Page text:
Sports: Many sports that need a well-maintained grass cover, such as football,  golf, etc., need intensive irrigation. These sports are trying to optimize water use and rely on smart and precision root analysis tools to decide when and how to irrigate.

Uses of Root Analysis

It is difficult to see how roots fare and function underground. By the time symptoms are visible above-ground, it may be too late to fix the problem. Root imaging provides an excellent solution to this problem.

Roots face several challenges in their search for resources:

  • The texture of the soil is not even and can vary within a small area.
  • There is an uneven distribution of nutrients and water in a given space. Nutrients are more often found in the shallow layers, while there is more water in the deeper layers of the soil.
  • There are seasonal fluctuations in soil water content. The amount of water will vary even in farms with irrigation systems, as water percolates quickly down and drains nutrients with it.
  • There are many parasites, pests, and pathogens which can attack roots and ultimately affect the whole plant.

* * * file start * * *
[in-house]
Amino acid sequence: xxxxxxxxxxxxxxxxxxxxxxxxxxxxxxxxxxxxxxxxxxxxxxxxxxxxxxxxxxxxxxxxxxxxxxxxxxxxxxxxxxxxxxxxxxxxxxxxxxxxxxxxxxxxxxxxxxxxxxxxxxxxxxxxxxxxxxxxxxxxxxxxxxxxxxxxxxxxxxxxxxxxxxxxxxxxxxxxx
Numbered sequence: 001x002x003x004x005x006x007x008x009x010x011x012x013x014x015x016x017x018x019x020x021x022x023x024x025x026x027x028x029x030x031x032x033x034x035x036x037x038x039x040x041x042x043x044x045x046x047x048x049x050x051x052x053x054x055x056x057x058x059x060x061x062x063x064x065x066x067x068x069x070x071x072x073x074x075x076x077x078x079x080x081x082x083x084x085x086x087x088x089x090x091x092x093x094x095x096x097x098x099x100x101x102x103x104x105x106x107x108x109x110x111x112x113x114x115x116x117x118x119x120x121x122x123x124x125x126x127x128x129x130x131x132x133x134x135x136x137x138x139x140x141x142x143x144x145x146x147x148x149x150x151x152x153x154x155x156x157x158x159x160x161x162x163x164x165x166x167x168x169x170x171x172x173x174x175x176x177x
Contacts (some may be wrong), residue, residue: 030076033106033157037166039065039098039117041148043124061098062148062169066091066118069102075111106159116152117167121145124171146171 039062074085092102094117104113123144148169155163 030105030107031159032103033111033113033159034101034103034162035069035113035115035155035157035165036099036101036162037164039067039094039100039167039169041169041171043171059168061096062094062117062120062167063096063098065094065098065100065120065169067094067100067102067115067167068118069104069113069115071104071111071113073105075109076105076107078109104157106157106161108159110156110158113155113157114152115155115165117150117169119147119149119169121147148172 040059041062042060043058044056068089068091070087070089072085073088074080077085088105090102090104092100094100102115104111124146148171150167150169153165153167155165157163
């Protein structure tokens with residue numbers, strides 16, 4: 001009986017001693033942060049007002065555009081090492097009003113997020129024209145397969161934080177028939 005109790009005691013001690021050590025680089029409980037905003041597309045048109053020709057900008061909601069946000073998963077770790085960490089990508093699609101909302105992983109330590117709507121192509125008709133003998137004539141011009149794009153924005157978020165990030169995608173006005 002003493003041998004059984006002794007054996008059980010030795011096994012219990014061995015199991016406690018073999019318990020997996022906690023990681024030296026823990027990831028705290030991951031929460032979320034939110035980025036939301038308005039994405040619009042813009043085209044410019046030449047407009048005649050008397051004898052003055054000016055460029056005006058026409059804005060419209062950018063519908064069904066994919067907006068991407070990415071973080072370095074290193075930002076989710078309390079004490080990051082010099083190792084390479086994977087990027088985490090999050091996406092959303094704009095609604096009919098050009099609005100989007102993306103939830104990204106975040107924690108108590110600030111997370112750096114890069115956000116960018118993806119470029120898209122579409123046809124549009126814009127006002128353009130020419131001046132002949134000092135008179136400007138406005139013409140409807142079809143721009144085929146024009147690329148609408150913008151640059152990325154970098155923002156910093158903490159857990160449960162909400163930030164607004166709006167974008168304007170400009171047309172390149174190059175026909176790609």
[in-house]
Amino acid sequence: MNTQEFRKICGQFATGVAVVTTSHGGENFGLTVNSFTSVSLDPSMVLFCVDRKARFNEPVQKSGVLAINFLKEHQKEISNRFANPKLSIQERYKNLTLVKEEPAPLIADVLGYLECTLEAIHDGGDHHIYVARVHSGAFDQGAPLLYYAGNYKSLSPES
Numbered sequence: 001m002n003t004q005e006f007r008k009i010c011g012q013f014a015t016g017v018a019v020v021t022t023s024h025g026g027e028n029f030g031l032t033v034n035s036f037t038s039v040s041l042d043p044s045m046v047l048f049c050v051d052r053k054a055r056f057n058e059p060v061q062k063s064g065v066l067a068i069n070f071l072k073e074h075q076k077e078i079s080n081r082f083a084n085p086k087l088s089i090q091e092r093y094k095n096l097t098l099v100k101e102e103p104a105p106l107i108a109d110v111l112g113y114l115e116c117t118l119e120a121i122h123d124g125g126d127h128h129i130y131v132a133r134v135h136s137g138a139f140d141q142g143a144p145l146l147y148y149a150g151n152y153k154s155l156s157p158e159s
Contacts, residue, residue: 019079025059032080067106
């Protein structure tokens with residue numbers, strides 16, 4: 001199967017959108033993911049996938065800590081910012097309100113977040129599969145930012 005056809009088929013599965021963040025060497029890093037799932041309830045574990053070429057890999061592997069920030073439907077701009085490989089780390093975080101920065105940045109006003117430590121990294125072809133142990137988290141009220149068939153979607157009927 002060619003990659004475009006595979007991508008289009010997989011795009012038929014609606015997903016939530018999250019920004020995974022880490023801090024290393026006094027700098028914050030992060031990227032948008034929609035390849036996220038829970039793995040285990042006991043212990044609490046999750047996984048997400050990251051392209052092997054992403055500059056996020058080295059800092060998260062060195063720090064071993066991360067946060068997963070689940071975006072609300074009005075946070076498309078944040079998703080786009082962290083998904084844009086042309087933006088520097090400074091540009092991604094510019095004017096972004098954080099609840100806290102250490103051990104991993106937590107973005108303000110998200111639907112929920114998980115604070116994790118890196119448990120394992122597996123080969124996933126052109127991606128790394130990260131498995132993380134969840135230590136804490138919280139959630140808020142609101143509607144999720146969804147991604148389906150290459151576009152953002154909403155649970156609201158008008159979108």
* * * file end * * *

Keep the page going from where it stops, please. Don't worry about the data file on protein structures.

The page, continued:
Agriculturists use root analysis to get images of:

  • The development and function of a plant over time, including new growth, depth, and branching of roots, and symbiotic mycorrhizal-root tip interactions;
  • Rooting of crops during the growing phase, specifically, the radius of branching and inter-root distance;
  • The incidence of pests and diseases from nematode, parasites, fungi, or dieback diseases; and
  • Root responses to fertilizers and the application of irrigation.

Forest scientists and managers use root analysis to understand the following:

  • General root dynamics of trees, and how natural ecosystems sequester carbon dioxide.
  • How the increased atmospheric carbon and temperature are affecting tree physiology and root growth patterns.
  • Role of symbiosis, such as ectomycorrhiza, in nutrient and water use in trees.
  • Shifts in species range and alteration of forest composition due to changing temperatures and soil water availability.